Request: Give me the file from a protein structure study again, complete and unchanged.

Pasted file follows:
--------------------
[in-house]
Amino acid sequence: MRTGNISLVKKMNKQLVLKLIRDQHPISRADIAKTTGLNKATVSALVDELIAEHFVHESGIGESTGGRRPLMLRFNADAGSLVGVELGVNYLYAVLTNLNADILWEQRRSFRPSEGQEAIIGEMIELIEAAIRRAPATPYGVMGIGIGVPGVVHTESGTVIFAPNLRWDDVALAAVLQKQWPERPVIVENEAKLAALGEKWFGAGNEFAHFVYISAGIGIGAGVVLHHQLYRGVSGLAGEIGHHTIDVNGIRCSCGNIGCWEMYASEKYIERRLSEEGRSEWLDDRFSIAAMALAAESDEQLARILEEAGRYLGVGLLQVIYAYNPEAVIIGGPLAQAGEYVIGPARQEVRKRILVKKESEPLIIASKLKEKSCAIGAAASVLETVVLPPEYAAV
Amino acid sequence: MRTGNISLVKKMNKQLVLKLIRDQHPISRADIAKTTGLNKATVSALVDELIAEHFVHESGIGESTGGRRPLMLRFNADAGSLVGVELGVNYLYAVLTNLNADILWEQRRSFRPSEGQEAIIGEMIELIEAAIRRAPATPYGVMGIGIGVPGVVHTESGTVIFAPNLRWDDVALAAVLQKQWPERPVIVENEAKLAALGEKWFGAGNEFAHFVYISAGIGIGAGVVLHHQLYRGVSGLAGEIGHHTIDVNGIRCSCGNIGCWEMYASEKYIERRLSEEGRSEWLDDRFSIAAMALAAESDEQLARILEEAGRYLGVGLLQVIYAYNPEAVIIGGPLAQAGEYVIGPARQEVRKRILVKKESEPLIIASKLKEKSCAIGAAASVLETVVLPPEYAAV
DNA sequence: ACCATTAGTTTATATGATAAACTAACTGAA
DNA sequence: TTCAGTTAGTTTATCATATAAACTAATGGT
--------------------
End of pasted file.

[in-house]
Amino acid sequence: MRTGNISLVKKMNKQLVLKLIRDQHPISRADIAKTTGLNKATVSALVDELIAEHFVHESGIGESTGGRRPLMLRFNADAGSLVGVELGVNYLYAVLTNLNADILWEQRRSFRPSEGQEAIIGEMIELIEAAIRRAPATPYGVMGIGIGVPGVVHTESGTVIFAPNLRWDDVALAAVLQKQWPERPVIVENEAKLAALGEKWFGAGNEFAHFVYISAGIGIGAGVVLHHQLYRGVSGLAGEIGHHTIDVNGIRCSCGNIGCWEMYASEKYIERRLSEEGRSEWLDDRFSIAAMALAAESDEQLARILEEAGRYLGVGLLQVIYAYNPEAVIIGGPLAQAGEYVIGPARQEVRKRILVKKESEPLIIASKLKEKSCAIGAAASVLETVVLPPEYAAV
Amino acid sequence: MRTGNISLVKKMNKQLVLKLIRDQHPISRADIAKTTGLNKATVSALVDELIAEHFVHESGIGESTGGRRPLMLRFNADAGSLVGVELGVNYLYAVLTNLNADILWEQRRSFRPSEGQEAIIGEMIELIEAAIRRAPATPYGVMGIGIGVPGVVHTESGTVIFAPNLRWDDVALAAVLQKQWPERPVIVENEAKLAALGEKWFGAGNEFAHFVYISAGIGIGAGVVLHHQLYRGVSGLAGEIGHHTIDVNGIRCSCGNIGCWEMYASEKYIERRLSEEGRSEWLDDRFSIAAMALAAESDEQLARILEEAGRYLGVGLLQVIYAYNPEAVIIGGPLAQAGEYVIGPARQEVRKRILVKKESEPLIIASKLKEKSCAIGAAASVLETVVLPPEYAAV
DNA sequence: ACCATTAGTTTATATGATAAACTAACTGAA
DNA sequence: TTCAGTTAGTTTATCATATAAACTAATGGT